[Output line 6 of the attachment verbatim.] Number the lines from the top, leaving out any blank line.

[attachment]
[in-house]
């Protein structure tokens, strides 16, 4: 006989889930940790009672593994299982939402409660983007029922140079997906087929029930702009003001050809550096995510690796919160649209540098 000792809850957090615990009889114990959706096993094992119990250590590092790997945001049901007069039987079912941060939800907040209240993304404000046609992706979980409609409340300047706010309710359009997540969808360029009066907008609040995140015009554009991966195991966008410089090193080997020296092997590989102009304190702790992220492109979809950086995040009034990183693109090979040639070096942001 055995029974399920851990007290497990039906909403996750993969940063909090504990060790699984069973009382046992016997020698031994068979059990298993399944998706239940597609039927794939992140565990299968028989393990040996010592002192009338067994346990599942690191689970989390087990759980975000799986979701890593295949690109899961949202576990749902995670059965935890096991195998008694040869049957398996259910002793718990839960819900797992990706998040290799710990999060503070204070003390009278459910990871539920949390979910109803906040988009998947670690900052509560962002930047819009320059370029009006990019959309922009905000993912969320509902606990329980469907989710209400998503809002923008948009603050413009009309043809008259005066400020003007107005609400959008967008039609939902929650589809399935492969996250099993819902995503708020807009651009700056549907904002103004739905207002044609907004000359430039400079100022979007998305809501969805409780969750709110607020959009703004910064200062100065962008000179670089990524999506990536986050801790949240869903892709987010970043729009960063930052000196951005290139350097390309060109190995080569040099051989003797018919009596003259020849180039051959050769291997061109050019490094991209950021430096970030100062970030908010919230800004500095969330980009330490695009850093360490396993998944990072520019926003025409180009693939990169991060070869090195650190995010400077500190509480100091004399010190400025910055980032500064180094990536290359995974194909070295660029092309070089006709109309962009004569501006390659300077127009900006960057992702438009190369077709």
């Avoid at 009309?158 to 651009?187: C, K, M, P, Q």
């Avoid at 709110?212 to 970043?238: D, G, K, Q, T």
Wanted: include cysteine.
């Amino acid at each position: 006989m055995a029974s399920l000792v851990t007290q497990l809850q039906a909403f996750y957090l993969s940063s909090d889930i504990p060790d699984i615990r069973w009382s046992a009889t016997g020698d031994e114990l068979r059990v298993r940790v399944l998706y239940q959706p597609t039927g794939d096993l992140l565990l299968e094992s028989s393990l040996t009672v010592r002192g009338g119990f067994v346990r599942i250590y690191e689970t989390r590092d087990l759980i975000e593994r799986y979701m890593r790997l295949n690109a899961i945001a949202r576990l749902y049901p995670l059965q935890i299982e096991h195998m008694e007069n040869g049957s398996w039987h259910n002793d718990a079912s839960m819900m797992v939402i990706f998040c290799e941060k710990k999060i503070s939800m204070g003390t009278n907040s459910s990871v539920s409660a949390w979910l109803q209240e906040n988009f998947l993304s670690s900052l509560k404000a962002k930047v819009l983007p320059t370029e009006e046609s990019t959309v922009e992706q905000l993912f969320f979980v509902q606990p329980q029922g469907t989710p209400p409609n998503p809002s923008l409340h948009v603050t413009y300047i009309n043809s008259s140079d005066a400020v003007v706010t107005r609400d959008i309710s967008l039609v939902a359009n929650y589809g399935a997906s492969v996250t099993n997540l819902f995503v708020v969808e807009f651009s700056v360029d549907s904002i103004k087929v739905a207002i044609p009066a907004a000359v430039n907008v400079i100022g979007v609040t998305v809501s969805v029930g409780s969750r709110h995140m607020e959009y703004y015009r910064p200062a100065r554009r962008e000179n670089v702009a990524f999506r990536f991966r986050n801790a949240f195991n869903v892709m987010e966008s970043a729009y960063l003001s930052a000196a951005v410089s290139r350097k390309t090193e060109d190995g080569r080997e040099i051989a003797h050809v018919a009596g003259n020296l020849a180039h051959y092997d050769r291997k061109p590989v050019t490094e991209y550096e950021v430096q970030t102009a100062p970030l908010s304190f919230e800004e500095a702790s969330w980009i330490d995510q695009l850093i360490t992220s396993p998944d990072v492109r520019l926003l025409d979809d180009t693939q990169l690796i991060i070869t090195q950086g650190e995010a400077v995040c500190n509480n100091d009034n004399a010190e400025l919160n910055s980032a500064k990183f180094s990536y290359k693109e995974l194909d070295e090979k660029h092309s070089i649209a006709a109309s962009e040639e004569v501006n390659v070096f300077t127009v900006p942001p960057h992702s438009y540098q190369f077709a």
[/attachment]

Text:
């Amino acid at each position: 006989m055995a029974s399920l000792v851990t007290q497990l809850q039906a909403f996750y957090l993969s940063s909090d889930i504990p060790d699984i615990r069973w009382s046992a009889t016997g020698d031994e114990l068979r059990v298993r940790v399944l998706y239940q959706p597609t039927g794939d096993l992140l565990l299968e094992s028989s393990l040996t009672v010592r002192g009338g119990f067994v346990r599942i250590y690191e689970t989390r590092d087990l759980i975000e593994r799986y979701m890593r790997l295949n690109a899961i945001a949202r576990l749902y049901p995670l059965q935890i299982e096991h195998m008694e007069n040869g049957s398996w039987h259910n002793d718990a079912s839960m819900m797992v939402i990706f998040c290799e941060k710990k999060i503070s939800m204070g003390t009278n907040s459910s990871v539920s409660a949390w979910l109803q209240e906040n988009f998947l993304s670690s900052l509560k404000a962002k930047v819009l983007p320059t370029e009006e046609s990019t959309v922009e992706q905000l993912f969320f979980v509902q606990p329980q029922g469907t989710p209400p409609n998503p809002s923008l409340h948009v603050t413009y300047i009309n043809s008259s140079d005066a400020v003007v706010t107005r609400d959008i309710s967008l039609v939902a359009n929650y589809g399935a997906s492969v996250t099993n997540l819902f995503v708020v969808e807009f651009s700056v360029d549907s904002i103004k087929v739905a207002i044609p009066a907004a000359v430039n907008v400079i100022g979007v609040t998305v809501s969805v029930g409780s969750r709110h995140m607020e959009y703004y015009r910064p200062a100065r554009r962008e000179n670089v702009a990524f999506r990536f991966r986050n801790a949240f195991n869903v892709m987010e966008s970043a729009y960063l003001s930052a000196a951005v410089s290139r350097k390309t090193e060109d190995g080569r080997e040099i051989a003797h050809v018919a009596g003259n020296l020849a180039h051959y092997d050769r291997k061109p590989v050019t490094e991209y550096e950021v430096q970030t102009a100062p970030l908010s304190f919230e800004e500095a702790s969330w980009i330490d995510q695009l850093i360490t992220s396993p998944d990072v492109r520019l926003l025409d979809d180009t693939q990169l690796i991060i070869t090195q950086g650190e995010a400077v995040c500190n509480n100091d009034n004399a010190e400025l919160n910055s980032a500064k990183f180094s990536y290359k693109e995974l194909d070295e090979k660029h092309s070089i649209a006709a109309s962009e040639e004569v501006n390659v070096f300077t127009v900006p942001p960057h992702s438009y540098q190369f077709a």